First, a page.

Education, to me, sounds more like a 'push'-style "I will teach you", whereas learning is more 'pull' "I want to know".

I'd say that SE is an excellent medium for learning. Asking questions and learning new stuff, answering questions and learning new stuff.


I don't speak for Stack Exchange, Inc, but were I in your shoes I'd make the following choices, based on my interactions with Stack Exchange, Inc.

  • Go ahead an mention it as part of your learning process. It's probably better to mix it in with another site or two that also helped you in similar ways (ie, if SE is the only service you mention, and you speak of it more than a few times, then it might be considered advertising - unless it really was the only webservice relevant to your growth in reltation to the topic).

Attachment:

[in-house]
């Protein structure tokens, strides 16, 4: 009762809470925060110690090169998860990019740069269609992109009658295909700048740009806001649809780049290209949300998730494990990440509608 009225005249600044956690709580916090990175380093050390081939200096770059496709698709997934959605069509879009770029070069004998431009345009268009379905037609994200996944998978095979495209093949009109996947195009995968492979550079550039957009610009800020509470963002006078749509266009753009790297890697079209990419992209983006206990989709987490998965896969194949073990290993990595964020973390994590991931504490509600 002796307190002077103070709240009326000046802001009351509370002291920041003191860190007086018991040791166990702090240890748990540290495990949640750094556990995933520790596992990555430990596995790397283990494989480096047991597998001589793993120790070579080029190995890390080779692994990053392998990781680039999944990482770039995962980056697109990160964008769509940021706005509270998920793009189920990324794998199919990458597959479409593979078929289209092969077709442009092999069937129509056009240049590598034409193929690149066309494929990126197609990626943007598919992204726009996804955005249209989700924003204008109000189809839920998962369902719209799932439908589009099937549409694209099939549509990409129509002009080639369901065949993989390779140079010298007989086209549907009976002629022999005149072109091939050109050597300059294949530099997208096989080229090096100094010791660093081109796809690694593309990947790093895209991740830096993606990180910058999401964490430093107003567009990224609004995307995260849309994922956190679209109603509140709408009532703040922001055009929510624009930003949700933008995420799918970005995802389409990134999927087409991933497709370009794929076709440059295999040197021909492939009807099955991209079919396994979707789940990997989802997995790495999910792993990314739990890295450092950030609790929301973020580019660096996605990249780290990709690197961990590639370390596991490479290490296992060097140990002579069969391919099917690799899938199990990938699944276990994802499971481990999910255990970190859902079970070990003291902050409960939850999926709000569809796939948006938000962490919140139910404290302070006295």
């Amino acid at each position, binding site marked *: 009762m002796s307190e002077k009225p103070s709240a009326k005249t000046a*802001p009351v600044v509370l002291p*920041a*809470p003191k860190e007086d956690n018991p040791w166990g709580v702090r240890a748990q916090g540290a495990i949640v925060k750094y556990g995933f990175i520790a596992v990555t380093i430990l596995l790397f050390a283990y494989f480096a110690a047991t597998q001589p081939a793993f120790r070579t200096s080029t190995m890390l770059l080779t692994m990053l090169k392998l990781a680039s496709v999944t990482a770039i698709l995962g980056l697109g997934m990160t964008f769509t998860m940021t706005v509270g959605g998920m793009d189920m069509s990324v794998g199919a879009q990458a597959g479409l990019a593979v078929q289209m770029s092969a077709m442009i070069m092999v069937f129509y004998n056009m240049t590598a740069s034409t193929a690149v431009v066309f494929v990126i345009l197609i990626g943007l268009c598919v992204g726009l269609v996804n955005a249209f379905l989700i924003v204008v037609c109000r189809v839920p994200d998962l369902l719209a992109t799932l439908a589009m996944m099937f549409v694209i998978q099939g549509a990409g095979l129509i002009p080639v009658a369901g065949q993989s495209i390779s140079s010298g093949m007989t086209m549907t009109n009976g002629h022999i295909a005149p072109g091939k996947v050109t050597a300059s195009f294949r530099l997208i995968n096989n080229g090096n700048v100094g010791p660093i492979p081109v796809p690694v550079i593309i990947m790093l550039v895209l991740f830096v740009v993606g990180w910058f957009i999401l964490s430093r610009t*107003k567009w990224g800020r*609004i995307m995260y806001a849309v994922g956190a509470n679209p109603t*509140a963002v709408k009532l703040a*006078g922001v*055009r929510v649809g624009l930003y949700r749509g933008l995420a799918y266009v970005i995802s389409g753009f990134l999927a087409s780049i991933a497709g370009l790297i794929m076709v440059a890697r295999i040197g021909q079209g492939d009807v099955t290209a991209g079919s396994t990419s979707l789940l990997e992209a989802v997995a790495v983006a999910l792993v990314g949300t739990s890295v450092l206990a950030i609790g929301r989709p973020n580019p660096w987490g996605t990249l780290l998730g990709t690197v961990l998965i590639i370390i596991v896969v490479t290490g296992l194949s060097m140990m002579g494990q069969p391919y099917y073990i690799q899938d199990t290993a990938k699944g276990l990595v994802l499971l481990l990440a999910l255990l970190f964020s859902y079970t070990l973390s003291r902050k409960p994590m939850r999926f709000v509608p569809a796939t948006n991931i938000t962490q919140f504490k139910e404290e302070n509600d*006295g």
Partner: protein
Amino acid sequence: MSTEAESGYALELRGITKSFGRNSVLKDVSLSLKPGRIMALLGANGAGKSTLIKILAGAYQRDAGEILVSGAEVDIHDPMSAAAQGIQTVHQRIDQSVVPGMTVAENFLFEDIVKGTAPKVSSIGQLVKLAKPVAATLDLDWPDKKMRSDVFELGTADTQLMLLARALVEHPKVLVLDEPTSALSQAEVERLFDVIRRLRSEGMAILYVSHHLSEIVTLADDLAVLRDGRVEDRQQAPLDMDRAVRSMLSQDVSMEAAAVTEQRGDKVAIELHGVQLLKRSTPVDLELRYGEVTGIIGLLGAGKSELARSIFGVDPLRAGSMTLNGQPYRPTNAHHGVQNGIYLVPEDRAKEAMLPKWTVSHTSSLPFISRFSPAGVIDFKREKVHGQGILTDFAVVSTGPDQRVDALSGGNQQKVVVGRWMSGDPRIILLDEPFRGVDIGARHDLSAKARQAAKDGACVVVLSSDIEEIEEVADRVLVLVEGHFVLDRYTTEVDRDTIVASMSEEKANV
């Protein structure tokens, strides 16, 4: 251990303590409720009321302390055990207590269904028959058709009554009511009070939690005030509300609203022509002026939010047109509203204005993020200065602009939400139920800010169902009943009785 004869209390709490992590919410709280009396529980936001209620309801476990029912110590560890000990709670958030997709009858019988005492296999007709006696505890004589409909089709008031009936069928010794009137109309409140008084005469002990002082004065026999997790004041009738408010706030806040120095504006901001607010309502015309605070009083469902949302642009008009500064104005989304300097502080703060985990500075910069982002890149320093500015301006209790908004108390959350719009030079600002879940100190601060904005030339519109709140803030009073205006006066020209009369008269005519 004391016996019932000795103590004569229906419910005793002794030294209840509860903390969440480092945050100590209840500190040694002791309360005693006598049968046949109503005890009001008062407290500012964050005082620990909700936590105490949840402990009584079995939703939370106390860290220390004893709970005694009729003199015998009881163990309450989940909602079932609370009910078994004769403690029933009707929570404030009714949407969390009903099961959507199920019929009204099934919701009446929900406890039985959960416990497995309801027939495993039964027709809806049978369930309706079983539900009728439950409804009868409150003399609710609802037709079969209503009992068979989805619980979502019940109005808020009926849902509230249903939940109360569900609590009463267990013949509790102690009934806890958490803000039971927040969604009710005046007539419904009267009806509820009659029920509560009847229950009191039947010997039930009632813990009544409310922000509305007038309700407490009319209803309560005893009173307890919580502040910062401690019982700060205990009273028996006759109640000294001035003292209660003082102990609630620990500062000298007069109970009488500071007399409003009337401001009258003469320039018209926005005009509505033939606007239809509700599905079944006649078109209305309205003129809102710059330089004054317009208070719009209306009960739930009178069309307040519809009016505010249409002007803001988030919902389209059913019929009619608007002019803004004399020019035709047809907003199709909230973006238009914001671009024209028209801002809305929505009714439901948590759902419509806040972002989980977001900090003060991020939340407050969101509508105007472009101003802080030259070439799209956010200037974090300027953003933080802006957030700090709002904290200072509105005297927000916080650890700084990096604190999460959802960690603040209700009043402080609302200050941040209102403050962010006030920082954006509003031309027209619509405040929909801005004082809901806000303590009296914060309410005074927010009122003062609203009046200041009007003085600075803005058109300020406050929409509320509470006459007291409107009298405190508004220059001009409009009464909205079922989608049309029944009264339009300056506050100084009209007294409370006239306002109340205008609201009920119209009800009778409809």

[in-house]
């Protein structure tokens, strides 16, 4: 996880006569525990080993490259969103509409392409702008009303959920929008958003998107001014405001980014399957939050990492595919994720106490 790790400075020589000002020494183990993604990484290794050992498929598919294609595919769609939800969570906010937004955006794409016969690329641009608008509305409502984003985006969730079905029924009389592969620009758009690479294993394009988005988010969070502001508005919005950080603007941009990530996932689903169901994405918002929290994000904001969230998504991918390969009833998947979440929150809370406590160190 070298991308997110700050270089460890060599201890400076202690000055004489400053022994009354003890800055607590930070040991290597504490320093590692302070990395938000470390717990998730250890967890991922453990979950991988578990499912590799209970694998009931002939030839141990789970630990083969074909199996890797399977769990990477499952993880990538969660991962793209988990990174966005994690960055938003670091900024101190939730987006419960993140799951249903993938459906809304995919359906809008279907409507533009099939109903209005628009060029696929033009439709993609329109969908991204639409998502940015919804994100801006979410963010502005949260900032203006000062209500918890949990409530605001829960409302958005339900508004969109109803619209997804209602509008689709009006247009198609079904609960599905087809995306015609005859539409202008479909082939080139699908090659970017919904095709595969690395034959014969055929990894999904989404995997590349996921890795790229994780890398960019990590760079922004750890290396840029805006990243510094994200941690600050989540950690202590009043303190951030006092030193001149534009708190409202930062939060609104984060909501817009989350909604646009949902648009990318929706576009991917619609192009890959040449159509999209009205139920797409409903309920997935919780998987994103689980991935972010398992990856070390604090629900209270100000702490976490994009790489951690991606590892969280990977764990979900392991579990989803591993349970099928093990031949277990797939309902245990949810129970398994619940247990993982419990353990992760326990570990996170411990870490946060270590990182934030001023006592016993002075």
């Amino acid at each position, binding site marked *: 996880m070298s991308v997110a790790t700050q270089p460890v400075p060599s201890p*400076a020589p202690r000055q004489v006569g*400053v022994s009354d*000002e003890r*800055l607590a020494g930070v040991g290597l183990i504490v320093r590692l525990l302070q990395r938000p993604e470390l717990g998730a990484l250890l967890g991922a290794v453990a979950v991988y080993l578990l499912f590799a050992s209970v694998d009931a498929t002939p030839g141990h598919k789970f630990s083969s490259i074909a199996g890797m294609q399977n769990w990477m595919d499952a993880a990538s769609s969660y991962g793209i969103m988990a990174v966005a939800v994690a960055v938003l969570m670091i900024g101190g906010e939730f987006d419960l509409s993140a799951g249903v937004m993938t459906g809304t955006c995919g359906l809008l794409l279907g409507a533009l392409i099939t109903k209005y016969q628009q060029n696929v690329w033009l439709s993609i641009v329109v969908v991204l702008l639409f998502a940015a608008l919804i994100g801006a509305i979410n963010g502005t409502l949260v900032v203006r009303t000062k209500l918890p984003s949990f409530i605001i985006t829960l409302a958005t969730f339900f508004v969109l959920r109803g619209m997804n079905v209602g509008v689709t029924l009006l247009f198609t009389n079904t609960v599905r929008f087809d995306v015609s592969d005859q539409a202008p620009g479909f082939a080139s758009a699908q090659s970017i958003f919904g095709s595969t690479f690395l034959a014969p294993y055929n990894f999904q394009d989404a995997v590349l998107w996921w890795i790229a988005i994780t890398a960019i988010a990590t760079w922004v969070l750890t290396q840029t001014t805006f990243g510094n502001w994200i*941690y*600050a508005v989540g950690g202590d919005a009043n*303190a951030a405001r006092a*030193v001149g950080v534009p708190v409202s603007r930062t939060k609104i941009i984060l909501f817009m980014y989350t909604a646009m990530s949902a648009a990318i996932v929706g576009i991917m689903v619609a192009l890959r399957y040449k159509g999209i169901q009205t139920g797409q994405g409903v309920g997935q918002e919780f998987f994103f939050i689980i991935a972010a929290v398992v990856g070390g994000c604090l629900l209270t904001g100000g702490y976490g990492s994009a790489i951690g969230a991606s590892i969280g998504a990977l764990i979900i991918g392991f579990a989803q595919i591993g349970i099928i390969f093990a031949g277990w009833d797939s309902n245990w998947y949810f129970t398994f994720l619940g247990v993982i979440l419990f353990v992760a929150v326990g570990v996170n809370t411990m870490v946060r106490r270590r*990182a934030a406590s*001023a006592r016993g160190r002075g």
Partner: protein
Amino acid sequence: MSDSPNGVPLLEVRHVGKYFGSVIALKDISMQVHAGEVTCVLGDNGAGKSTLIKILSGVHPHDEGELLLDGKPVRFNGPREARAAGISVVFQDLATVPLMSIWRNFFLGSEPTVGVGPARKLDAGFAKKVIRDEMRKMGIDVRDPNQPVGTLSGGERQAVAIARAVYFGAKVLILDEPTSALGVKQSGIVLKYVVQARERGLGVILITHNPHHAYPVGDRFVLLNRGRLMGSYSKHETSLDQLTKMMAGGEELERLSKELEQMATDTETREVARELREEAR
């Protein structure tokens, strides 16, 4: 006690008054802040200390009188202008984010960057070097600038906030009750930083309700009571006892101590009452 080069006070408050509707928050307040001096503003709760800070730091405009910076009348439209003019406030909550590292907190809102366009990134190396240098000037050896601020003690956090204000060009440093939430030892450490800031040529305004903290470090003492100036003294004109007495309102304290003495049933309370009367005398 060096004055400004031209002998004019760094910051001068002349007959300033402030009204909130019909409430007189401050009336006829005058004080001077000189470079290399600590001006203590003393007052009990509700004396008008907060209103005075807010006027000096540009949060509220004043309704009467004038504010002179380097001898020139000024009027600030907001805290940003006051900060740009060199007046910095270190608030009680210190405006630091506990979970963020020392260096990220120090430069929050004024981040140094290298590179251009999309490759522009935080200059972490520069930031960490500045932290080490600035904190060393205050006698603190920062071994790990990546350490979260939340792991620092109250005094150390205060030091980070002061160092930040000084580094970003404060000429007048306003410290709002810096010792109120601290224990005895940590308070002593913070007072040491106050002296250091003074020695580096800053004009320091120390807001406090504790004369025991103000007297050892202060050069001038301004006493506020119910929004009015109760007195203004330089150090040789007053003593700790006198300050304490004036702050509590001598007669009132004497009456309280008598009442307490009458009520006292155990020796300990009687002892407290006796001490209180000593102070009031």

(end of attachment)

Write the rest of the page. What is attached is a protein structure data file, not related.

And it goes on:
• Refer to the specific site, if any, that helped you.

  • If the network is a part of the talk, or the sea-change that it has become a part of or demonstrated, then use, "The Stack Exchange network of sites" or similar wording, as exhibited on their main page and about page: https://stackexchange.com/

  • People aren't dumb - talking about the proliferation of question and answer sites and specifically leaving out their names may seem just as out of place as mentioning the few that are preeminent, especially if you give your background as a programmer.

Chances are good you'd be just fine with the above, but if not then you can email them directly at the "contact" link at the bottom of every page for clarification.